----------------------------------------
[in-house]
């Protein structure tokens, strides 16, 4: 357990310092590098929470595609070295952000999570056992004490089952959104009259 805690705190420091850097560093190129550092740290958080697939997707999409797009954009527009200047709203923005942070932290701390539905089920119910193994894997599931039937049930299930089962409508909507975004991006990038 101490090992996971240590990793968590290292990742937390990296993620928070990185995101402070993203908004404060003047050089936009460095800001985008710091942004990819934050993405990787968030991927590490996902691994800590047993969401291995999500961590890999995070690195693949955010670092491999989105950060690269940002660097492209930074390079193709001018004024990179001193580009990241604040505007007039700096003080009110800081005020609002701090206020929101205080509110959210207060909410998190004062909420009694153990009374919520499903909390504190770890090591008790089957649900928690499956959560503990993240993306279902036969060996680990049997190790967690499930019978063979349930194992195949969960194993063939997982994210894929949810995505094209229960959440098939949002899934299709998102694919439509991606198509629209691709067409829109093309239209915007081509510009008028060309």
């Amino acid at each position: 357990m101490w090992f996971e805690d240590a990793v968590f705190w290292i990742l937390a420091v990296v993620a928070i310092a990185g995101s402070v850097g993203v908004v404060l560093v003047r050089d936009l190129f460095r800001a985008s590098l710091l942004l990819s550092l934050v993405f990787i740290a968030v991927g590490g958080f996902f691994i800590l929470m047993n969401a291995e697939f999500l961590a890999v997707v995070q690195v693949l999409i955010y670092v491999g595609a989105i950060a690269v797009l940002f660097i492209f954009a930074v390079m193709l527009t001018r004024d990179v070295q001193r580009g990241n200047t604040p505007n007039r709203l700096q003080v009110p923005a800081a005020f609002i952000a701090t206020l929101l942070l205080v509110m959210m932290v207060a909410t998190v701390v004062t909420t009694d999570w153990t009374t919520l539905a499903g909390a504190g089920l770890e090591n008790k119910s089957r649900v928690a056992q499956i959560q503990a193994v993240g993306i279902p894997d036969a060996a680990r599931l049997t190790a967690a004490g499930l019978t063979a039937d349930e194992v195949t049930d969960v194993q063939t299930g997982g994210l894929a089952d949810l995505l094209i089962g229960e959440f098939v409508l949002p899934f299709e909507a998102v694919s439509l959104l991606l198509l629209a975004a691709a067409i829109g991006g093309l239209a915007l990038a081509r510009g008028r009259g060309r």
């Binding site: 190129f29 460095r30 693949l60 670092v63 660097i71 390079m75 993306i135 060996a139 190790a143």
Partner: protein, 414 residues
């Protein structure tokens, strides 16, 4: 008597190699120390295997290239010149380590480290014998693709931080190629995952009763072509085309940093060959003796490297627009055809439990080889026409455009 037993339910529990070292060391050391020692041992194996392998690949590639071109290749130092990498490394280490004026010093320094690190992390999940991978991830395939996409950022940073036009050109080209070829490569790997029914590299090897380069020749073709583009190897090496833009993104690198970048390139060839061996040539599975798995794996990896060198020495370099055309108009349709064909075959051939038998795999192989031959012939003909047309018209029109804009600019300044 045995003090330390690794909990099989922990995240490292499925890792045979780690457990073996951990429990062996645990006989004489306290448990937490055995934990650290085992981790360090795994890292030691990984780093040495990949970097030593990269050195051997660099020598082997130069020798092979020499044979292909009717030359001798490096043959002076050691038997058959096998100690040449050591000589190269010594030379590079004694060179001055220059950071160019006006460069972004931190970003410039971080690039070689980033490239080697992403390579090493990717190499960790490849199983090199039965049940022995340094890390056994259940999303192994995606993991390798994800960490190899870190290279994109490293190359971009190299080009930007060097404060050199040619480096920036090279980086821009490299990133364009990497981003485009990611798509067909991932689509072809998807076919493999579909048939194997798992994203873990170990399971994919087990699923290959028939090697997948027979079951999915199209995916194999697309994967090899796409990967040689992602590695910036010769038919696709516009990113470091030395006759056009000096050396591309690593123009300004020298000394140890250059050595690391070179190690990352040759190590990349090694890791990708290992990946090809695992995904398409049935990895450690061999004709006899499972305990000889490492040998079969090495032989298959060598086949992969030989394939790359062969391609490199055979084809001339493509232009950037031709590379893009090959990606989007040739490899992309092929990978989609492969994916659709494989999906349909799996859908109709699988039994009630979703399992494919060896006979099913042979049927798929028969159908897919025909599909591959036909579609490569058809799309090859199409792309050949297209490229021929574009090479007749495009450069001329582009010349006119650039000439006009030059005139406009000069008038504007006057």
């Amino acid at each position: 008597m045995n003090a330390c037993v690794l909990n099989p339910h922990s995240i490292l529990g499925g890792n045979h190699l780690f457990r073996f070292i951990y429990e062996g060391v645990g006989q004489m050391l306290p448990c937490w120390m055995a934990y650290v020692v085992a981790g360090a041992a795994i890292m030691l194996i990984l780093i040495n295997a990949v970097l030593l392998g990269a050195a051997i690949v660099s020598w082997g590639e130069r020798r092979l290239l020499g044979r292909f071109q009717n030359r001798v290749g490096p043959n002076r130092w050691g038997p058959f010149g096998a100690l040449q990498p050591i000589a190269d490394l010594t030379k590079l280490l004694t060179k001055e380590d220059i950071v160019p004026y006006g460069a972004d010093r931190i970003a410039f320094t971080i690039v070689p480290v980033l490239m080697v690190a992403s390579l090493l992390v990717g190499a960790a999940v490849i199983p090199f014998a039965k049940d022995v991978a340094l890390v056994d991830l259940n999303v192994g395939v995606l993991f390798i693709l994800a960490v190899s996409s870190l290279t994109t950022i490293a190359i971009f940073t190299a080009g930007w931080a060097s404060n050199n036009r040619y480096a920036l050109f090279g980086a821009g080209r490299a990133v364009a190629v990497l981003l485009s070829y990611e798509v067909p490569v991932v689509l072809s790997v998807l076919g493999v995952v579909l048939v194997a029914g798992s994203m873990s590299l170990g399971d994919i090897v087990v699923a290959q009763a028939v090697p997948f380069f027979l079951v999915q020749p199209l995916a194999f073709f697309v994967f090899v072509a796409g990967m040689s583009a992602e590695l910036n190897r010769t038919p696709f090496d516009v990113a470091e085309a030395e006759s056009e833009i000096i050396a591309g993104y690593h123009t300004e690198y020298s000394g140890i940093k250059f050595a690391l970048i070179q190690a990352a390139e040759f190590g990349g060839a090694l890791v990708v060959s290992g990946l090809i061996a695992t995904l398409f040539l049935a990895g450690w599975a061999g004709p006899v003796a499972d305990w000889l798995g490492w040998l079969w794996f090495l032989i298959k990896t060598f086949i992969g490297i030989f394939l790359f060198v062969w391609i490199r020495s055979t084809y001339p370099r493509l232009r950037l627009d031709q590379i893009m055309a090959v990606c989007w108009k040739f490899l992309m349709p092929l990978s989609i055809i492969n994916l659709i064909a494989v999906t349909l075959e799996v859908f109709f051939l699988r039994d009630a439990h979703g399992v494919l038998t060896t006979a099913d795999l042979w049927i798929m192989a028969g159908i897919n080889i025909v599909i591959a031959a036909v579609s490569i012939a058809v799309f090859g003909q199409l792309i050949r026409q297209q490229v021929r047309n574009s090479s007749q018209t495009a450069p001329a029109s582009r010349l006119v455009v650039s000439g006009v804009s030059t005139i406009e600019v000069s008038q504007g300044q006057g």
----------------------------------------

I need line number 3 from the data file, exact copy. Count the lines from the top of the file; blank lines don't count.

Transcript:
């Amino acid at each position: 357990m101490w090992f996971e805690d240590a990793v968590f705190w290292i990742l937390a420091v990296v993620a928070i310092a990185g995101s402070v850097g993203v908004v404060l560093v003047r050089d936009l190129f460095r800001a985008s590098l710091l942004l990819s550092l934050v993405f990787i740290a968030v991927g590490g958080f996902f691994i800590l929470m047993n969401a291995e697939f999500l961590a890999v997707v995070q690195v693949l999409i955010y670092v491999g595609a989105i950060a690269v797009l940002f660097i492209f954009a930074v390079m193709l527009t001018r004024d990179v070295q001193r580009g990241n200047t604040p505007n007039r709203l700096q003080v009110p923005a800081a005020f609002i952000a701090t206020l929101l942070l205080v509110m959210m932290v207060a909410t998190v701390v004062t909420t009694d999570w153990t009374t919520l539905a499903g909390a504190g089920l770890e090591n008790k119910s089957r649900v928690a056992q499956i959560q503990a193994v993240g993306i279902p894997d036969a060996a680990r599931l049997t190790a967690a004490g499930l019978t063979a039937d349930e194992v195949t049930d969960v194993q063939t299930g997982g994210l894929a089952d949810l995505l094209i089962g229960e959440f098939v409508l949002p899934f299709e909507a998102v694919s439509l959104l991606l198509l629209a975004a691709a067409i829109g991006g093309l239209a915007l990038a081509r510009g008028r009259g060309r």